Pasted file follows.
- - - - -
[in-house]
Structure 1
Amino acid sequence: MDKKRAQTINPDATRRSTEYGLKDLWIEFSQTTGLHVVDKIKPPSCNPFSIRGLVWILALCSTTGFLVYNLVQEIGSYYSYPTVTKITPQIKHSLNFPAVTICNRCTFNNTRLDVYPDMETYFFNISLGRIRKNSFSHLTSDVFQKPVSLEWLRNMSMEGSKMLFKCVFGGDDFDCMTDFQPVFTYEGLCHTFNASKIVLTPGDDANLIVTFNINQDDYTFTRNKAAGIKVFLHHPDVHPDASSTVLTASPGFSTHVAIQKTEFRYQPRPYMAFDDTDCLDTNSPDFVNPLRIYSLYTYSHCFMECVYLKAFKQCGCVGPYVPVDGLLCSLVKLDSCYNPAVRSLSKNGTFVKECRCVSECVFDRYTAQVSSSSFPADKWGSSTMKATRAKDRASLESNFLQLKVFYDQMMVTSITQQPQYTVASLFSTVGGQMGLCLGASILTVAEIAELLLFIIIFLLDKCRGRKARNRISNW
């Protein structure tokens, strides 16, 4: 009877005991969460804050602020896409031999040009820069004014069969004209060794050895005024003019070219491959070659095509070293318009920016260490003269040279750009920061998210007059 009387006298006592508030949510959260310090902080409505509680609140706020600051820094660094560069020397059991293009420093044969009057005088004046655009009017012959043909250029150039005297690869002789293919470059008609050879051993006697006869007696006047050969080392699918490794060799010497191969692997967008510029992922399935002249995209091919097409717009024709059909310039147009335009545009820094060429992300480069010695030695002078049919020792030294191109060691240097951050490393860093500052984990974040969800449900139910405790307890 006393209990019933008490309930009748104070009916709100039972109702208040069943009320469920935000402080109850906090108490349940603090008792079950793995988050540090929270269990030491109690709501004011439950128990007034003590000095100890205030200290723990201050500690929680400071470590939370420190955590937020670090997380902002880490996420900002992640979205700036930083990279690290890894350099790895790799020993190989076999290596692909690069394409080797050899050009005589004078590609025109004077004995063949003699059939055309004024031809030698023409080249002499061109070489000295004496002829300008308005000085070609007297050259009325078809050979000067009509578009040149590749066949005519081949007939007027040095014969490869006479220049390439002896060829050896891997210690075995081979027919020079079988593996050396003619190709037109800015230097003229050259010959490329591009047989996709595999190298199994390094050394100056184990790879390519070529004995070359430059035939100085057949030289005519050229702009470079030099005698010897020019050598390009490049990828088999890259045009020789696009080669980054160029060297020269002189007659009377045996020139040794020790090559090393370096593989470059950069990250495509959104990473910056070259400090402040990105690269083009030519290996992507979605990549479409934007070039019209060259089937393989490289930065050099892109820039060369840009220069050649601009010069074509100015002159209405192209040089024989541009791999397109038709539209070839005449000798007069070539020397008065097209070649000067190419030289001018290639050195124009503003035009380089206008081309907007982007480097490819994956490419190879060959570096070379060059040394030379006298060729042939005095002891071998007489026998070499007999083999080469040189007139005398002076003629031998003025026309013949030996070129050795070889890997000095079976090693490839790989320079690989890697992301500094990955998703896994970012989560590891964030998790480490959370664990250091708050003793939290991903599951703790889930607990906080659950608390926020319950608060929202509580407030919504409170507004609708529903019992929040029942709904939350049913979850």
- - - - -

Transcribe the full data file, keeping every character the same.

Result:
[in-house]
Structure 1
Amino acid sequence: MDKKRAQTINPDATRRSTEYGLKDLWIEFSQTTGLHVVDKIKPPSCNPFSIRGLVWILALCSTTGFLVYNLVQEIGSYYSYPTVTKITPQIKHSLNFPAVTICNRCTFNNTRLDVYPDMETYFFNISLGRIRKNSFSHLTSDVFQKPVSLEWLRNMSMEGSKMLFKCVFGGDDFDCMTDFQPVFTYEGLCHTFNASKIVLTPGDDANLIVTFNINQDDYTFTRNKAAGIKVFLHHPDVHPDASSTVLTASPGFSTHVAIQKTEFRYQPRPYMAFDDTDCLDTNSPDFVNPLRIYSLYTYSHCFMECVYLKAFKQCGCVGPYVPVDGLLCSLVKLDSCYNPAVRSLSKNGTFVKECRCVSECVFDRYTAQVSSSSFPADKWGSSTMKATRAKDRASLESNFLQLKVFYDQMMVTSITQQPQYTVASLFSTVGGQMGLCLGASILTVAEIAELLLFIIIFLLDKCRGRKARNRISNW
């Protein structure tokens, strides 16, 4: 009877005991969460804050602020896409031999040009820069004014069969004209060794050895005024003019070219491959070659095509070293318009920016260490003269040279750009920061998210007059 009387006298006592508030949510959260310090902080409505509680609140706020600051820094660094560069020397059991293009420093044969009057005088004046655009009017012959043909250029150039005297690869002789293919470059008609050879051993006697006869007696006047050969080392699918490794060799010497191969692997967008510029992922399935002249995209091919097409717009024709059909310039147009335009545009820094060429992300480069010695030695002078049919020792030294191109060691240097951050490393860093500052984990974040969800449900139910405790307890 006393209990019933008490309930009748104070009916709100039972109702208040069943009320469920935000402080109850906090108490349940603090008792079950793995988050540090929270269990030491109690709501004011439950128990007034003590000095100890205030200290723990201050500690929680400071470590939370420190955590937020670090997380902002880490996420900002992640979205700036930083990279690290890894350099790895790799020993190989076999290596692909690069394409080797050899050009005589004078590609025109004077004995063949003699059939055309004024031809030698023409080249002499061109070489000295004496002829300008308005000085070609007297050259009325078809050979000067009509578009040149590749066949005519081949007939007027040095014969490869006479220049390439002896060829050896891997210690075995081979027919020079079988593996050396003619190709037109800015230097003229050259010959490329591009047989996709595999190298199994390094050394100056184990790879390519070529004995070359430059035939100085057949030289005519050229702009470079030099005698010897020019050598390009490049990828088999890259045009020789696009080669980054160029060297020269002189007659009377045996020139040794020790090559090393370096593989470059950069990250495509959104990473910056070259400090402040990105690269083009030519290996992507979605990549479409934007070039019209060259089937393989490289930065050099892109820039060369840009220069050649601009010069074509100015002159209405192209040089024989541009791999397109038709539209070839005449000798007069070539020397008065097209070649000067190419030289001018290639050195124009503003035009380089206008081309907007982007480097490819994956490419190879060959570096070379060059040394030379006298060729042939005095002891071998007489026998070499007999083999080469040189007139005398002076003629031998003025026309013949030996070129050795070889890997000095079976090693490839790989320079690989890697992301500094990955998703896994970012989560590891964030998790480490959370664990250091708050003793939290991903599951703790889930607990906080659950608390926020319950608060929202509580407030919504409170507004609708529903019992929040029942709904939350049913979850």